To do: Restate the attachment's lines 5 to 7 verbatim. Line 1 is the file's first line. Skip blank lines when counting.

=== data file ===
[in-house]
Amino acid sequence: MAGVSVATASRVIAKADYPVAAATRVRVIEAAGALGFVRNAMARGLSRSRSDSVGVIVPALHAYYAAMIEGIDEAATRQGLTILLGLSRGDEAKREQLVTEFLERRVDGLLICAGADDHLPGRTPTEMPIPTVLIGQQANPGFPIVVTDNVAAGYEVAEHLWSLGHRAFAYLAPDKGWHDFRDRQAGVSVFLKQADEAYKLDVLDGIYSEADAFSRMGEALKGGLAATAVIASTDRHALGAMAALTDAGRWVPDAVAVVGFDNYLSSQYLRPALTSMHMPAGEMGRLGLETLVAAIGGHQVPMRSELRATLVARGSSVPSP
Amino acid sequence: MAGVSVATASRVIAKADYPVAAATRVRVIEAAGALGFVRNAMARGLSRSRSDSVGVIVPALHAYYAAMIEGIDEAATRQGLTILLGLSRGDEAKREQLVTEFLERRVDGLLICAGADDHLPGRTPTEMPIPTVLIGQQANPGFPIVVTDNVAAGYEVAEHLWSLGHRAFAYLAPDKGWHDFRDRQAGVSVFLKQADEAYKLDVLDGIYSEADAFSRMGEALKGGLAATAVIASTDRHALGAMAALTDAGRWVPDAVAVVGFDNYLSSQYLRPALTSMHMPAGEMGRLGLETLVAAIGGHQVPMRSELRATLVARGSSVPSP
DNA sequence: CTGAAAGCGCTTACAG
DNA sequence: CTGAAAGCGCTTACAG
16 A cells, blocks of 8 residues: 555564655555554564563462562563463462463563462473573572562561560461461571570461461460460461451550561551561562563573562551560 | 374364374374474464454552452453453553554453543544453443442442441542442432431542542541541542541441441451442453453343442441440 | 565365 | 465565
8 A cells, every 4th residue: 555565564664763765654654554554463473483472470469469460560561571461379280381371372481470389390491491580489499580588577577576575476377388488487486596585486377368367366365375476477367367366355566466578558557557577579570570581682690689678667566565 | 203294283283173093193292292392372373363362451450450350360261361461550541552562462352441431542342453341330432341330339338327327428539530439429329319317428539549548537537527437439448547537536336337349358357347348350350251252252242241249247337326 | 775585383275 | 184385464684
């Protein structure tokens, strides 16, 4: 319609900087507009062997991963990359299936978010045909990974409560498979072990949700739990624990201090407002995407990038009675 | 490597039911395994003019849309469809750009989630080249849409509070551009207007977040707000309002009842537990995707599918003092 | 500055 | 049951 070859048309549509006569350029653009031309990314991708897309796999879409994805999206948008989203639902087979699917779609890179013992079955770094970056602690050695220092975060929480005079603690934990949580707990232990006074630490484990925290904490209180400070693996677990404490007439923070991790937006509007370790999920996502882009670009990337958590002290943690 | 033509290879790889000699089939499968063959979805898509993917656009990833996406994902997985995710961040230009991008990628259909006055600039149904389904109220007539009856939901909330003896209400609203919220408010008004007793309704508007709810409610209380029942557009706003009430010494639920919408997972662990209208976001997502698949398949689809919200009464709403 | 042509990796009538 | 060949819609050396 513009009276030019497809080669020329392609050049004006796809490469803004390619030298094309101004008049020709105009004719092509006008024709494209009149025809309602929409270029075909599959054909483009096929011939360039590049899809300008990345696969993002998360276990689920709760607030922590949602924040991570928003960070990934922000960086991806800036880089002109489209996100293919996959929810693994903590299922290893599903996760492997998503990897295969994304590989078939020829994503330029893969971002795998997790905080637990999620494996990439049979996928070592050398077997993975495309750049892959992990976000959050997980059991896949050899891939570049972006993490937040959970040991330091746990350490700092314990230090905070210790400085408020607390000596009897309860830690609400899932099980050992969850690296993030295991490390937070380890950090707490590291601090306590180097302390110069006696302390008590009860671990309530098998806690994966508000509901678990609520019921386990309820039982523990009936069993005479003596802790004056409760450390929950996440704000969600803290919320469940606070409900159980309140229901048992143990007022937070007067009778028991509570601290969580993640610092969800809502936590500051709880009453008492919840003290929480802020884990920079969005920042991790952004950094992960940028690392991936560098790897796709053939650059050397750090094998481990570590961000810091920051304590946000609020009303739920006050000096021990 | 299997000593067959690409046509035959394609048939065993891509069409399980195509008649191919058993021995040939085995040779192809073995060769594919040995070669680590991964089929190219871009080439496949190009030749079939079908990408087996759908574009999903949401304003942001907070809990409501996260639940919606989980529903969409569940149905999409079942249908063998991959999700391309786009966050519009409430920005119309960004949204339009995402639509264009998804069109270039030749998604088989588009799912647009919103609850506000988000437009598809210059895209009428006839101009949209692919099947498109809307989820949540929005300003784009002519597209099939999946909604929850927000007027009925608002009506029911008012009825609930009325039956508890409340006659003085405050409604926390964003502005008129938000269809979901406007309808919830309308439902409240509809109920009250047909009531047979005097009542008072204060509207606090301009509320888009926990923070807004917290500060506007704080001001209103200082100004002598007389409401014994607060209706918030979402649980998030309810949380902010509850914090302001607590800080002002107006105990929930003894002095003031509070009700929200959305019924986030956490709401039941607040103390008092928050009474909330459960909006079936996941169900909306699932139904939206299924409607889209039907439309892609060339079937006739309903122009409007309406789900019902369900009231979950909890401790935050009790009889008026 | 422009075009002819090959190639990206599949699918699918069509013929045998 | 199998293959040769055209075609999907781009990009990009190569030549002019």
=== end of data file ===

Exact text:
DNA sequence: CTGAAAGCGCTTACAG
16 A cells, blocks of 8 residues: 555564655555554564563462562563463462463563462473573572562561560461461571570461461460460461451550561551561562563573562551560 | 374364374374474464454552452453453553554453543544453443442442441542442432431542542541541542541441441451442453453343442441440 | 565365 | 465565
8 A cells, every 4th residue: 555565564664763765654654554554463473483472470469469460560561571461379280381371372481470389390491491580489499580588577577576575476377388488487486596585486377368367366365375476477367367366355566466578558557557577579570570581682690689678667566565 | 203294283283173093193292292392372373363362451450450350360261361461550541552562462352441431542342453341330432341330339338327327428539530439429329319317428539549548537537527437439448547537536336337349358357347348350350251252252242241249247337326 | 775585383275 | 184385464684